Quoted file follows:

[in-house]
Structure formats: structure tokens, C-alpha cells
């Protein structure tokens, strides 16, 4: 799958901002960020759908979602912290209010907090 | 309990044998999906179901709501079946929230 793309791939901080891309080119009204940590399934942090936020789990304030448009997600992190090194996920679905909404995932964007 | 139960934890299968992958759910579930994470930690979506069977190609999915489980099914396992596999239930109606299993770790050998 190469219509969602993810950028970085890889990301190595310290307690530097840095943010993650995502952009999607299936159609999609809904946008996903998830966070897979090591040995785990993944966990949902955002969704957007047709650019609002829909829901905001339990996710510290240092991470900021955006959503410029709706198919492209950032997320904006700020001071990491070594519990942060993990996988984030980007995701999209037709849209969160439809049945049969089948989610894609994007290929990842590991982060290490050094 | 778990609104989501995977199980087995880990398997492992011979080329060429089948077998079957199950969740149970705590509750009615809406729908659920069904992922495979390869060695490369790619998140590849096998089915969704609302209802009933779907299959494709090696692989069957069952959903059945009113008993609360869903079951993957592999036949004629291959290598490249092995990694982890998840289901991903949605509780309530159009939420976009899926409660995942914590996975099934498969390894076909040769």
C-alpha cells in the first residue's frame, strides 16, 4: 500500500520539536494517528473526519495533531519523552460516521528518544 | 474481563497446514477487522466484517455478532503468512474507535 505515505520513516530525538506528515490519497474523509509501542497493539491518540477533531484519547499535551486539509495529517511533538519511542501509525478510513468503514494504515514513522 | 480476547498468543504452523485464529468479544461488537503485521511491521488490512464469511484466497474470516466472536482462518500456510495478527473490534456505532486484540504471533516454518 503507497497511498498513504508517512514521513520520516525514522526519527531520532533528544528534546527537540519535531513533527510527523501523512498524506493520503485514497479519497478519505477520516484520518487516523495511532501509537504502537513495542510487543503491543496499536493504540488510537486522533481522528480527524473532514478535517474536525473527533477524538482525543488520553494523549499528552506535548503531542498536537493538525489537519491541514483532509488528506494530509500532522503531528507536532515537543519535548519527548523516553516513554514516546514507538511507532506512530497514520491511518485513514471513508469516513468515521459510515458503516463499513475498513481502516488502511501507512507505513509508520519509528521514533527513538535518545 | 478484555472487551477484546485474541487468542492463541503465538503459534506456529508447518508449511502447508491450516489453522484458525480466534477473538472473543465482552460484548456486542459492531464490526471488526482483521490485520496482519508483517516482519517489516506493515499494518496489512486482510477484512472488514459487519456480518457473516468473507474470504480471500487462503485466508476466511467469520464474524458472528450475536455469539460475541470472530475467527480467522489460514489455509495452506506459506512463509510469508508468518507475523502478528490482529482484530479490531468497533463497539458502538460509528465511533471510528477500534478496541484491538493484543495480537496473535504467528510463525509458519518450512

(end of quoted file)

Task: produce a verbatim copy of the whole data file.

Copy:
[in-house]
Structure formats: structure tokens, C-alpha cells
């Protein structure tokens, strides 16, 4: 799958901002960020759908979602912290209010907090 | 309990044998999906179901709501079946929230 793309791939901080891309080119009204940590399934942090936020789990304030448009997600992190090194996920679905909404995932964007 | 139960934890299968992958759910579930994470930690979506069977190609999915489980099914396992596999239930109606299993770790050998 190469219509969602993810950028970085890889990301190595310290307690530097840095943010993650995502952009999607299936159609999609809904946008996903998830966070897979090591040995785990993944966990949902955002969704957007047709650019609002829909829901905001339990996710510290240092991470900021955006959503410029709706198919492209950032997320904006700020001071990491070594519990942060993990996988984030980007995701999209037709849209969160439809049945049969089948989610894609994007290929990842590991982060290490050094 | 778990609104989501995977199980087995880990398997492992011979080329060429089948077998079957199950969740149970705590509750009615809406729908659920069904992922495979390869060695490369790619998140590849096998089915969704609302209802009933779907299959494709090696692989069957069952959903059945009113008993609360869903079951993957592999036949004629291959290598490249092995990694982890998840289901991903949605509780309530159009939420976009899926409660995942914590996975099934498969390894076909040769």
C-alpha cells in the first residue's frame, strides 16, 4: 500500500520539536494517528473526519495533531519523552460516521528518544 | 474481563497446514477487522466484517455478532503468512474507535 505515505520513516530525538506528515490519497474523509509501542497493539491518540477533531484519547499535551486539509495529517511533538519511542501509525478510513468503514494504515514513522 | 480476547498468543504452523485464529468479544461488537503485521511491521488490512464469511484466497474470516466472536482462518500456510495478527473490534456505532486484540504471533516454518 503507497497511498498513504508517512514521513520520516525514522526519527531520532533528544528534546527537540519535531513533527510527523501523512498524506493520503485514497479519497478519505477520516484520518487516523495511532501509537504502537513495542510487543503491543496499536493504540488510537486522533481522528480527524473532514478535517474536525473527533477524538482525543488520553494523549499528552506535548503531542498536537493538525489537519491541514483532509488528506494530509500532522503531528507536532515537543519535548519527548523516553516513554514516546514507538511507532506512530497514520491511518485513514471513508469516513468515521459510515458503516463499513475498513481502516488502511501507512507505513509508520519509528521514533527513538535518545 | 478484555472487551477484546485474541487468542492463541503465538503459534506456529508447518508449511502447508491450516489453522484458525480466534477473538472473543465482552460484548456486542459492531464490526471488526482483521490485520496482519508483517516482519517489516506493515499494518496489512486482510477484512472488514459487519456480518457473516468473507474470504480471500487462503485466508476466511467469520464474524458472528450475536455469539460475541470472530475467527480467522489460514489455509495452506506459506512463509510469508508468518507475523502478528490482529482484530479490531468497533463497539458502538460509528465511533471510528477500534478496541484491538493484543495480537496473535504467528510463525509458519518450512